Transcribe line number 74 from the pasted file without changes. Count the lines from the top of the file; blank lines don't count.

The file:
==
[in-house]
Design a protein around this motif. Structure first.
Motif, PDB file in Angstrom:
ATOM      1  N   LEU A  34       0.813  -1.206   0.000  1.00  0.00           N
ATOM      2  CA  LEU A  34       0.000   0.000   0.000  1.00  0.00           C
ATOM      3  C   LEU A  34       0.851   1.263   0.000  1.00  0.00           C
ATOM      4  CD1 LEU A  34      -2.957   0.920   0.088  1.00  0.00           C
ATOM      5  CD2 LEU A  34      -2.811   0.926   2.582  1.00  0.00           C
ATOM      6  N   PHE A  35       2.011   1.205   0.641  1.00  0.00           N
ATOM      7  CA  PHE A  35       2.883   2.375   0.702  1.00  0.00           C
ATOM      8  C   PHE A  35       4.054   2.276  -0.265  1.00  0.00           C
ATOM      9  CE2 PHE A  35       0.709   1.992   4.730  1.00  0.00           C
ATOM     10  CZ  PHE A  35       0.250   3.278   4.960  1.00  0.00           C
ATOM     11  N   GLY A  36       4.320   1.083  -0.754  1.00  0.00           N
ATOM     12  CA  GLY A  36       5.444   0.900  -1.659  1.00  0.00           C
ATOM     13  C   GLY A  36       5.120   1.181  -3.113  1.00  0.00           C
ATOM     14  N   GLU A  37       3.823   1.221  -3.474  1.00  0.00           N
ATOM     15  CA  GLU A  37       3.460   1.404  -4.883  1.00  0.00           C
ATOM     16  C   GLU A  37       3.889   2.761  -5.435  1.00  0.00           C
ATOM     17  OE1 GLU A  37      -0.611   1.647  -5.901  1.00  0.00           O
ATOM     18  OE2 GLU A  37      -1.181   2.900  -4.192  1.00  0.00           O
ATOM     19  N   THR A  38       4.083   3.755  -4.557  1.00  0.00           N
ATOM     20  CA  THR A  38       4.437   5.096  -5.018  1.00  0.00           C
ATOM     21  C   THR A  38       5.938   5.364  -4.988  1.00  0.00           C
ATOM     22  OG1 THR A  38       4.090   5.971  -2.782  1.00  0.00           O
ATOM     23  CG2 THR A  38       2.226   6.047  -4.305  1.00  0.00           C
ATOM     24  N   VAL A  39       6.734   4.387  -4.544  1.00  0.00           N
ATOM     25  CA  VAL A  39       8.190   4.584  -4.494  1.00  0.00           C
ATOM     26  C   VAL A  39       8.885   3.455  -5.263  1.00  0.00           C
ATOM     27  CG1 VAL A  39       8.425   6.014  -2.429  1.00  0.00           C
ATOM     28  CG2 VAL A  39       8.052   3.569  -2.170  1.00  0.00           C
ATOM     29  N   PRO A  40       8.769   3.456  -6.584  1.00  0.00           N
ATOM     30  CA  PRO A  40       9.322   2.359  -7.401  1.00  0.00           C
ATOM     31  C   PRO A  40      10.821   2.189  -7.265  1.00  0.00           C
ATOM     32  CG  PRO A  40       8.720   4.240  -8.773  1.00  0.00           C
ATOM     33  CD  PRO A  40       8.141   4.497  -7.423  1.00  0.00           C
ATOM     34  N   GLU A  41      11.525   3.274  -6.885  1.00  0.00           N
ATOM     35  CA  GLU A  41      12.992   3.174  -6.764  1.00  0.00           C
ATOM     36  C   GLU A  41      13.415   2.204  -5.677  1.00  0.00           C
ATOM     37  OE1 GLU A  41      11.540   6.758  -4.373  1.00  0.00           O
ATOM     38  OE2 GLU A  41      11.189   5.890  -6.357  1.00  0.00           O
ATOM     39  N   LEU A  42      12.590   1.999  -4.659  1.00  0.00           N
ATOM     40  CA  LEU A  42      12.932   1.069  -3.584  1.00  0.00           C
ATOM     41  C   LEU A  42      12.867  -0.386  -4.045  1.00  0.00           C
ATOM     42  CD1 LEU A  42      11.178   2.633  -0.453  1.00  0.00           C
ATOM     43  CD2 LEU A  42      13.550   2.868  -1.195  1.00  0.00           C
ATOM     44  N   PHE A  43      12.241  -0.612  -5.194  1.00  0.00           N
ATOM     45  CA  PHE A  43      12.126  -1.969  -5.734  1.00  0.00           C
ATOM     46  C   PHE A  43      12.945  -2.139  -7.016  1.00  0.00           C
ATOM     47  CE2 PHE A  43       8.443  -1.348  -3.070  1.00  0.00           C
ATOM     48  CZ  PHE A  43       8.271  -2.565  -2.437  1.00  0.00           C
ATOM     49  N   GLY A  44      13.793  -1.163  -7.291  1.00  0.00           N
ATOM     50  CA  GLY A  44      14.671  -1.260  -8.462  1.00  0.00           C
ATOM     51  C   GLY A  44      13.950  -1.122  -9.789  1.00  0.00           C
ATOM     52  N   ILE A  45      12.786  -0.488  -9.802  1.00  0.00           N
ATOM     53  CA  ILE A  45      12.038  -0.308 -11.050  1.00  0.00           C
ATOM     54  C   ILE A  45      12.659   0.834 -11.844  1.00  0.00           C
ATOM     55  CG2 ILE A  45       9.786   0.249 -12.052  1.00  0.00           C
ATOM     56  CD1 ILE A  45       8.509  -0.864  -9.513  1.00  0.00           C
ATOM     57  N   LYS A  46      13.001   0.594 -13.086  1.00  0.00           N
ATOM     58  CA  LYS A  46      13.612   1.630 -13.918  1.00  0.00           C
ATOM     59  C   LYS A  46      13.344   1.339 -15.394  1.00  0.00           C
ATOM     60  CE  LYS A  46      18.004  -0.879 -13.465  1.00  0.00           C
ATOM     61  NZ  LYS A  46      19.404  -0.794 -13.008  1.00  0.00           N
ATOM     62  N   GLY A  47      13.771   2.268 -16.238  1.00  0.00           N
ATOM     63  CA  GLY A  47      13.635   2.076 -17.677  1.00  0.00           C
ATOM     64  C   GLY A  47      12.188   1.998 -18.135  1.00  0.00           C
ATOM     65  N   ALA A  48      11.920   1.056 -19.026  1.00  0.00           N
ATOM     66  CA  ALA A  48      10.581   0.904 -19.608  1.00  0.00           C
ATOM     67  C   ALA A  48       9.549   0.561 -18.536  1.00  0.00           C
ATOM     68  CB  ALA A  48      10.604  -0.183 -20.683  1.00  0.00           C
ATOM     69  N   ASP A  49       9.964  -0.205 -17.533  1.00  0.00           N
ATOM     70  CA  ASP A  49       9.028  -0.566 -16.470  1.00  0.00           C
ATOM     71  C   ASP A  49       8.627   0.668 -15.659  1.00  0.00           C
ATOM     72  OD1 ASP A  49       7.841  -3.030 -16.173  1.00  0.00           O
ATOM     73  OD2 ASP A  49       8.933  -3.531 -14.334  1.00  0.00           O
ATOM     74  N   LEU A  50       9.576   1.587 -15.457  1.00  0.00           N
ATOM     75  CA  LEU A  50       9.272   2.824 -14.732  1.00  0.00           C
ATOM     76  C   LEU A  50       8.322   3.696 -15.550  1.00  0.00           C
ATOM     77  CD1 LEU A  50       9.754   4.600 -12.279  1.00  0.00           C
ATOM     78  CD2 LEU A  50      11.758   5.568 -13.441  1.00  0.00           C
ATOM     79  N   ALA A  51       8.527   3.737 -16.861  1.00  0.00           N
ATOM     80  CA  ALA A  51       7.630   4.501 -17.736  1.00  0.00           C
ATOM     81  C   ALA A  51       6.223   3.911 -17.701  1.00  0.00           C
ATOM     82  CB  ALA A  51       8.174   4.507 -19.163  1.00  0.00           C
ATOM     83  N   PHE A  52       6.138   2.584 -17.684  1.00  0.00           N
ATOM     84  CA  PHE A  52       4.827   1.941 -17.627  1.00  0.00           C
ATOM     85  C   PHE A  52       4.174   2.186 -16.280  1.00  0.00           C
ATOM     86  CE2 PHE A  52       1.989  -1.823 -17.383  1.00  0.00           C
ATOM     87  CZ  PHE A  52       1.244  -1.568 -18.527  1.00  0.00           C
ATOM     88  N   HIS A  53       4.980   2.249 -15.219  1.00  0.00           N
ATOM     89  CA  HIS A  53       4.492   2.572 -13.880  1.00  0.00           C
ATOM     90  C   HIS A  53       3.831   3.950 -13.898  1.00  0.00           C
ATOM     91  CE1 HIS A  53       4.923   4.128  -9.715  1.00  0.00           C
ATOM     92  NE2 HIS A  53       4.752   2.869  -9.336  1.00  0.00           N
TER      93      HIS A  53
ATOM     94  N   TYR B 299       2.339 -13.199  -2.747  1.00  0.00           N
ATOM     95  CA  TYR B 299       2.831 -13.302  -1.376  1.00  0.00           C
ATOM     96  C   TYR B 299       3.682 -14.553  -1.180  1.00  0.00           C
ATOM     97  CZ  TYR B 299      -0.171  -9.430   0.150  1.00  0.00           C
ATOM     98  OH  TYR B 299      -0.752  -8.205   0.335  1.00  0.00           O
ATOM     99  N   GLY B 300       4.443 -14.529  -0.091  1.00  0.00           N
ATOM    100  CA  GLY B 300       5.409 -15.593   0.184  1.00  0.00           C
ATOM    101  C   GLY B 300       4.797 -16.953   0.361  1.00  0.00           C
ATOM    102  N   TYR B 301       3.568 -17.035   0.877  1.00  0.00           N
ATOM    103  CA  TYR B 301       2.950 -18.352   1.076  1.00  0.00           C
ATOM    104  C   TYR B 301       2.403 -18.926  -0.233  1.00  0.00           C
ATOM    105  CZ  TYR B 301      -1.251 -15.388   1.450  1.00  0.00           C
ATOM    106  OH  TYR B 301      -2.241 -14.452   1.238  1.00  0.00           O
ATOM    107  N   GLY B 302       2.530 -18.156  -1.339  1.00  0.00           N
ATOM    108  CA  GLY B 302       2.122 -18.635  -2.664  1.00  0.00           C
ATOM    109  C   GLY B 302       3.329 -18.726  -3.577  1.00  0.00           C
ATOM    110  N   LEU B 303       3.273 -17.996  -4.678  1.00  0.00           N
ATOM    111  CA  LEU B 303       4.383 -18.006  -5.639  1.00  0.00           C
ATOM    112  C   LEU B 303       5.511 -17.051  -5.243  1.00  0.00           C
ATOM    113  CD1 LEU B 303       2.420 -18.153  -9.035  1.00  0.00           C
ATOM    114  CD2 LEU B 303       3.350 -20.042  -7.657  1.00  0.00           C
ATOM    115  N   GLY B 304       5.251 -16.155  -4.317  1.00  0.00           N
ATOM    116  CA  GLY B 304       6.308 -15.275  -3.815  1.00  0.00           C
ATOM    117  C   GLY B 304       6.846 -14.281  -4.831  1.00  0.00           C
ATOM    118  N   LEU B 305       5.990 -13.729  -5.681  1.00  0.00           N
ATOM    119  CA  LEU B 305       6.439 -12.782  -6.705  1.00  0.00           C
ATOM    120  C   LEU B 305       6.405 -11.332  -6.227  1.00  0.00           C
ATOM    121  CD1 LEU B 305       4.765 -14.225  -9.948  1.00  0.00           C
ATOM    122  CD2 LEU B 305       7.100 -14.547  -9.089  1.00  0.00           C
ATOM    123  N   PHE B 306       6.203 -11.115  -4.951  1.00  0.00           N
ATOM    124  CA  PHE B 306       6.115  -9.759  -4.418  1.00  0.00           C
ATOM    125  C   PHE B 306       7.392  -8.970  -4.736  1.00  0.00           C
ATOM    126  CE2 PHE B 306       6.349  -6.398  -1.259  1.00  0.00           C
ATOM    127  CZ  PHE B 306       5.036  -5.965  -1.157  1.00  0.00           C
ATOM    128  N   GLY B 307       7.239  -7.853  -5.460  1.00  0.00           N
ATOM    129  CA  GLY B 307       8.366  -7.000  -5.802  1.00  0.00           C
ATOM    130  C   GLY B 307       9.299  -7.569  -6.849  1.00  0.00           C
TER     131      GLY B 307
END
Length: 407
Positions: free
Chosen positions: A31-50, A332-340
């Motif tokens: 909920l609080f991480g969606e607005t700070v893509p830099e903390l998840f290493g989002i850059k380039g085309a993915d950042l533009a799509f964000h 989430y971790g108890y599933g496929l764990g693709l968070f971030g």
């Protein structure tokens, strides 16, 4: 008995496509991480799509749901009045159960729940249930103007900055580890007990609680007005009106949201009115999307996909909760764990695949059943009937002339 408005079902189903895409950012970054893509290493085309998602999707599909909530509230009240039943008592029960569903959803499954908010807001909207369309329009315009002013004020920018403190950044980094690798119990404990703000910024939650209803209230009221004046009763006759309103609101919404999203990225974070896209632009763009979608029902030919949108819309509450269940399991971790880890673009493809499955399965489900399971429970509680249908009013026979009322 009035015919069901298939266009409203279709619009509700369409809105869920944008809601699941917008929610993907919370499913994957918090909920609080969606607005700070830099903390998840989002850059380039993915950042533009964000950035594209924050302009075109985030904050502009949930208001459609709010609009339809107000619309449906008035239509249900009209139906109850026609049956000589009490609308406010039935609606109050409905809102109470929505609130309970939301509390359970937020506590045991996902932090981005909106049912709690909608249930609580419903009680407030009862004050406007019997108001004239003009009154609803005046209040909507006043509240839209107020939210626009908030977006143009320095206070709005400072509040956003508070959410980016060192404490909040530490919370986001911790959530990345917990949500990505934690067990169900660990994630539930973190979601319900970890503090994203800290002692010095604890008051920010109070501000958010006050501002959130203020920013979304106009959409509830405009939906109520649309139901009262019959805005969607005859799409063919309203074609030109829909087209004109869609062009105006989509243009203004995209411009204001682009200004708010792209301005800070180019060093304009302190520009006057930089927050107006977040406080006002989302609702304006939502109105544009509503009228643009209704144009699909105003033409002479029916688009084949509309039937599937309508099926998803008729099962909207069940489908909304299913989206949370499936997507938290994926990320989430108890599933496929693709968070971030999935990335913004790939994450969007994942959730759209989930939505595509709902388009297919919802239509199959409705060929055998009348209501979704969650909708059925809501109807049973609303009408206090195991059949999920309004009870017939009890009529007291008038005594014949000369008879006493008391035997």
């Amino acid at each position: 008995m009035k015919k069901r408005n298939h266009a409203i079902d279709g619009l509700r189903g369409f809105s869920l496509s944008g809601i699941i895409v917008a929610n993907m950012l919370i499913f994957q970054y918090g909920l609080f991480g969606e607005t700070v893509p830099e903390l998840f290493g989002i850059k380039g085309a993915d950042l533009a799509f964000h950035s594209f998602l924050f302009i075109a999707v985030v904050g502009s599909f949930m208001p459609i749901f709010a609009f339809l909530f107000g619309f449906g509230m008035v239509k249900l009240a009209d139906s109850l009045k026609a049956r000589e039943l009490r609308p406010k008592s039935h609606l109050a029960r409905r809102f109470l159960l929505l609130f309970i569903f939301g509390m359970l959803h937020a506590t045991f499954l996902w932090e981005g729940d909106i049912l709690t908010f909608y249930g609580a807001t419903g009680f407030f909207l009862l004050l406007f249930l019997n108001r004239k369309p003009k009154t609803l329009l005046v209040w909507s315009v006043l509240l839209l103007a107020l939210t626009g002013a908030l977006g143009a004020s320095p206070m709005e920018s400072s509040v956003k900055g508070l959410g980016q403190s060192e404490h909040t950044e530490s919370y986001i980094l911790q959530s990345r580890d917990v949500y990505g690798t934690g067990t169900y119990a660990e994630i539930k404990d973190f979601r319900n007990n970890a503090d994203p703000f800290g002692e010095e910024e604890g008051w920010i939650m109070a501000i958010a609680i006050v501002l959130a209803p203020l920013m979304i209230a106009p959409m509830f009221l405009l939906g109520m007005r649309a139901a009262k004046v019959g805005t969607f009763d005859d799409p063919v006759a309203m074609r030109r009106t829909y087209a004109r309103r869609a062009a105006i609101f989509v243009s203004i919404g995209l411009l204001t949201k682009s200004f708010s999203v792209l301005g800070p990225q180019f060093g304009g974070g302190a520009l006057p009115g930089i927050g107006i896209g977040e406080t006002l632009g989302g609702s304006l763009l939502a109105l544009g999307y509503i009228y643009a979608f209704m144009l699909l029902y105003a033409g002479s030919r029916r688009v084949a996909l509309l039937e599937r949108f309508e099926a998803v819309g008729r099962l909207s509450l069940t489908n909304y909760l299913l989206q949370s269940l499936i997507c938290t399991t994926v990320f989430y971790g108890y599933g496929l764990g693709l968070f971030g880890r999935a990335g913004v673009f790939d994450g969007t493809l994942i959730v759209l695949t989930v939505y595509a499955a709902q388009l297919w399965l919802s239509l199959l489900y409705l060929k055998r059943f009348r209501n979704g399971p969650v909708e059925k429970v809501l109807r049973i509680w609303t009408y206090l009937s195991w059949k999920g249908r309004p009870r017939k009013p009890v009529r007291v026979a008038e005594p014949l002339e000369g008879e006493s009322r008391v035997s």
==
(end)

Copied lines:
ATOM     71  C   ASP A  49       8.627   0.668 -15.659  1.00  0.00           C